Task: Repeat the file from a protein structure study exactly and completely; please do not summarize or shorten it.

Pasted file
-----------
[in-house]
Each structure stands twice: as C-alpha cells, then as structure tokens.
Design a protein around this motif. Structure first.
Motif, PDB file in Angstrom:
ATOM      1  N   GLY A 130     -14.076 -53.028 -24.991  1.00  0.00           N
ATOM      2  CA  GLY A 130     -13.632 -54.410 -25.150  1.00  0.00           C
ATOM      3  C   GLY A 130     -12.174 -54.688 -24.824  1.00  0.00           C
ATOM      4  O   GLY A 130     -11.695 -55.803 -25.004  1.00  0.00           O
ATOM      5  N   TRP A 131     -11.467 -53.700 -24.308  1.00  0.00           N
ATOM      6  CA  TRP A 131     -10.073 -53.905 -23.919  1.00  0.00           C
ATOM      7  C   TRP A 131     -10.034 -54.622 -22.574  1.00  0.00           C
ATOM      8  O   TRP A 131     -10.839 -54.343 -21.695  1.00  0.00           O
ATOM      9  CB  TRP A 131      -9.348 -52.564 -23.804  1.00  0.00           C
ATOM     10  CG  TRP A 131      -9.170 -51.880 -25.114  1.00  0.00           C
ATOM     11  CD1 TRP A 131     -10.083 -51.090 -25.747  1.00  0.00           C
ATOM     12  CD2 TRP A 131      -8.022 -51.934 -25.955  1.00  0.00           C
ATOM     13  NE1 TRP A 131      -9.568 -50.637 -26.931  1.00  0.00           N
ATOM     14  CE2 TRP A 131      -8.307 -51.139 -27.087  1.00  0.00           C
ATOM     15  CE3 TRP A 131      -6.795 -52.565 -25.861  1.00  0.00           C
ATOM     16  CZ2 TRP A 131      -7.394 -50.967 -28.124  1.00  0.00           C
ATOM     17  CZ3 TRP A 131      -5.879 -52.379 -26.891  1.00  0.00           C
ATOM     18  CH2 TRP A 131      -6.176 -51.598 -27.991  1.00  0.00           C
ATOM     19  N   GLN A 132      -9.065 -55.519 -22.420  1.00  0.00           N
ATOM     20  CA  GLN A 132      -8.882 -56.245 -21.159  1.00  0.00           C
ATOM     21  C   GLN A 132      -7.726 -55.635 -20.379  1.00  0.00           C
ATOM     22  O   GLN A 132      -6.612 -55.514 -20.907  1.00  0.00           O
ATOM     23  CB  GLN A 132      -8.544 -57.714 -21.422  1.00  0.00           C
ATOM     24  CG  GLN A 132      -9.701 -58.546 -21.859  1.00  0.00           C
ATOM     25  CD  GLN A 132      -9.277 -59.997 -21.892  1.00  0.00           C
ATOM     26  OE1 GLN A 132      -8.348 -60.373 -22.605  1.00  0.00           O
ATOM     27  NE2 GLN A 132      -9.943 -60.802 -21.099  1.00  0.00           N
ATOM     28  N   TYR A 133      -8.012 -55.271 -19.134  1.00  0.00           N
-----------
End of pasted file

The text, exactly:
[in-house]
Each structure stands twice: as C-alpha cells, then as structure tokens.
Design a protein around this motif. Structure first.
Motif, PDB file in Angstrom:
ATOM      1  N   GLY A 130     -14.076 -53.028 -24.991  1.00  0.00           N
ATOM      2  CA  GLY A 130     -13.632 -54.410 -25.150  1.00  0.00           C
ATOM      3  C   GLY A 130     -12.174 -54.688 -24.824  1.00  0.00           C
ATOM      4  O   GLY A 130     -11.695 -55.803 -25.004  1.00  0.00           O
ATOM      5  N   TRP A 131     -11.467 -53.700 -24.308  1.00  0.00           N
ATOM      6  CA  TRP A 131     -10.073 -53.905 -23.919  1.00  0.00           C
ATOM      7  C   TRP A 131     -10.034 -54.622 -22.574  1.00  0.00           C
ATOM      8  O   TRP A 131     -10.839 -54.343 -21.695  1.00  0.00           O
ATOM      9  CB  TRP A 131      -9.348 -52.564 -23.804  1.00  0.00           C
ATOM     10  CG  TRP A 131      -9.170 -51.880 -25.114  1.00  0.00           C
ATOM     11  CD1 TRP A 131     -10.083 -51.090 -25.747  1.00  0.00           C
ATOM     12  CD2 TRP A 131      -8.022 -51.934 -25.955  1.00  0.00           C
ATOM     13  NE1 TRP A 131      -9.568 -50.637 -26.931  1.00  0.00           N
ATOM     14  CE2 TRP A 131      -8.307 -51.139 -27.087  1.00  0.00           C
ATOM     15  CE3 TRP A 131      -6.795 -52.565 -25.861  1.00  0.00           C
ATOM     16  CZ2 TRP A 131      -7.394 -50.967 -28.124  1.00  0.00           C
ATOM     17  CZ3 TRP A 131      -5.879 -52.379 -26.891  1.00  0.00           C
ATOM     18  CH2 TRP A 131      -6.176 -51.598 -27.991  1.00  0.00           C
ATOM     19  N   GLN A 132      -9.065 -55.519 -22.420  1.00  0.00           N
ATOM     20  CA  GLN A 132      -8.882 -56.245 -21.159  1.00  0.00           C
ATOM     21  C   GLN A 132      -7.726 -55.635 -20.379  1.00  0.00           C
ATOM     22  O   GLN A 132      -6.612 -55.514 -20.907  1.00  0.00           O
ATOM     23  CB  GLN A 132      -8.544 -57.714 -21.422  1.00  0.00           C
ATOM     24  CG  GLN A 132      -9.701 -58.546 -21.859  1.00  0.00           C
ATOM     25  CD  GLN A 132      -9.277 -59.997 -21.892  1.00  0.00           C
ATOM     26  OE1 GLN A 132      -8.348 -60.373 -22.605  1.00  0.00           O
ATOM     27  NE2 GLN A 132      -9.943 -60.802 -21.099  1.00  0.00           N
ATOM     28  N   TYR A 133      -8.012 -55.271 -19.134  1.00  0.00           N